“That’s a hell of a team they got out there,” lauded Carmelo Anthony, who finished with a team-high 24 points and 10 rebounds—a star-steady output in what was otherwise a ceaseless offensive siege. “And Arron [Afflalo] sucked pigshit tonight.”
Anthony’s gripe underscores a growing concern within the Knicks organization. Namely that Affalo, who finished with five points on are-you-fucking-kidding-me from the field, has lately struggled to find his way in Derek Fisher’s triangle-hybrid offense.
“Arron will come around,” Fisher noted from just outside Sasha Vujacic’s shower stall, where the Knicks skipper was handing various botanical shower products to his reserve shooting guard through the curtain. “If he doesn’t, we’ll have to adjust the rotation accordingly.”
Vujacic’s head abruptly thrusts forth from the steam. “I said lilac! Not lavender!” he bellowed.
“Motherfucker, how am I supposed to know the motherfucking difference,” Fisher retorted, upending the wicker basket’s myriad contents over the rail and storming off in a huff.
“He gets like this after some losses,” Vujacic confided as he scrambled to gather his wares behind the curtain. “… Do you see my crab comb out there?”
The loss drops the Knicks to 23-27 overall, a full three games behind the No. 8 seed Detroit Pistons and 4.5 games behind the Boston Celtics, who will visit the Garden Tuesday night.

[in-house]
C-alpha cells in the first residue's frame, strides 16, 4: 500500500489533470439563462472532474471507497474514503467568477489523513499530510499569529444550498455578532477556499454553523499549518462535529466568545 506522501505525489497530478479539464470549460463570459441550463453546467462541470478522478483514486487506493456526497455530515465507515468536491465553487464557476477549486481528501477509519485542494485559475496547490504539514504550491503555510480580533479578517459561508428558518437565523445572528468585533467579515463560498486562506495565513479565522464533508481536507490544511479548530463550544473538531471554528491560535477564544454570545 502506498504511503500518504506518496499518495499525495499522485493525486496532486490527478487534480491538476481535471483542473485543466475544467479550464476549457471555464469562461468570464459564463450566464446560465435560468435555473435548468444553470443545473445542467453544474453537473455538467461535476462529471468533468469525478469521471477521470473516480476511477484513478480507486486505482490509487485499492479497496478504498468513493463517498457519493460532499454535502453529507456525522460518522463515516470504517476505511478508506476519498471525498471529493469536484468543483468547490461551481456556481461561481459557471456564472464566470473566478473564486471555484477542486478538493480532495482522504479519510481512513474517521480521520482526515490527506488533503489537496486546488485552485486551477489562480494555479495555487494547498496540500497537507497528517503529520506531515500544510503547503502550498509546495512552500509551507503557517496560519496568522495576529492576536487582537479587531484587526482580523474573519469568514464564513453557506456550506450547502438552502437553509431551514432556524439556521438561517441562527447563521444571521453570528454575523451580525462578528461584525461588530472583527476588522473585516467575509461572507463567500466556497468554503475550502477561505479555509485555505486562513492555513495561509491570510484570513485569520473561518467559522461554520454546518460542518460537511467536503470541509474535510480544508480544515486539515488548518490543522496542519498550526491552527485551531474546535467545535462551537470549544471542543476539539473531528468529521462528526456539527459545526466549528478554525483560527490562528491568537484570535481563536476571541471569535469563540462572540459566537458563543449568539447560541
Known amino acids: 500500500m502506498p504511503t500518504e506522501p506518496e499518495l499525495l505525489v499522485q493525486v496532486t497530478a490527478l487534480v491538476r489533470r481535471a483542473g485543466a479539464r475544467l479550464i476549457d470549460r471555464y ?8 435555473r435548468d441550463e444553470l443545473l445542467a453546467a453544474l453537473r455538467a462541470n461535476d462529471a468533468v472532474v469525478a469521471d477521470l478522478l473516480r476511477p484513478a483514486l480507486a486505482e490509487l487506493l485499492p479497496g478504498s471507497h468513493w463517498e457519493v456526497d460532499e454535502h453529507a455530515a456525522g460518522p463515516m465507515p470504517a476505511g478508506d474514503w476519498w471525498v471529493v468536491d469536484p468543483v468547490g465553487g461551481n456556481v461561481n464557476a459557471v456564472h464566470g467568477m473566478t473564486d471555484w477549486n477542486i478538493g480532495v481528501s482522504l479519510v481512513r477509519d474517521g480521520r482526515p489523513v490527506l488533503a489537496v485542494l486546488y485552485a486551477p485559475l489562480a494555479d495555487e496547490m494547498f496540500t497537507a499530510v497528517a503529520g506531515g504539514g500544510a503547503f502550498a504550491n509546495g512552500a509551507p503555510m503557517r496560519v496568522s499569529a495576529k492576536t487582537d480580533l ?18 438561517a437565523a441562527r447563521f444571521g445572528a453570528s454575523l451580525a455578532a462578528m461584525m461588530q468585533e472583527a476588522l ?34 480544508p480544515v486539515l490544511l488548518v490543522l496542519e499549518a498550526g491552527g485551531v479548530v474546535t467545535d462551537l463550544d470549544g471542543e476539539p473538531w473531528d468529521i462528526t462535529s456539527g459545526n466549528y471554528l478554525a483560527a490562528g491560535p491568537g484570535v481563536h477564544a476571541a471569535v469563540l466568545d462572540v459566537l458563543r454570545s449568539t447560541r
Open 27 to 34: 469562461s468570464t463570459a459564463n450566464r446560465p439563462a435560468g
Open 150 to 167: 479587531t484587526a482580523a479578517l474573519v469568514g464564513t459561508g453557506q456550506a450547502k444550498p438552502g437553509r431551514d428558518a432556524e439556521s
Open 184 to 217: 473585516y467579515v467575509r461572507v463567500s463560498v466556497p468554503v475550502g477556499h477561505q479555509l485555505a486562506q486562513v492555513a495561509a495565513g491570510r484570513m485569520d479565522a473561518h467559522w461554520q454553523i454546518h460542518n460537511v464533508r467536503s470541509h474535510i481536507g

The Warriors, meanwhile, moved to 44-4 on the season, and have seriously considered going on a three-month vacation and “Just trying to win it all with the No. 9 seed,” according to ESPN’s Chris Broussard.
On a night when the Knicks struggled to cull contributions from anyone beyond Anthony and Porzingis, the latter of whom missed much of the first half due to early foul trouble, it was Golden State’s depth—relentless and killer and skilled—that proved the start-to-finish difference.
“When we’re in rhythm, we’re a pretty tough team to beat,” Steve Kerr said of his history-chasing charges. “Luke Walton coached this team to 38 of our 44 wins. And I love Luke Walton. But Luke Walton still thinks Stephen Baldwin was Keyser Soze, okay? You know what I mean?”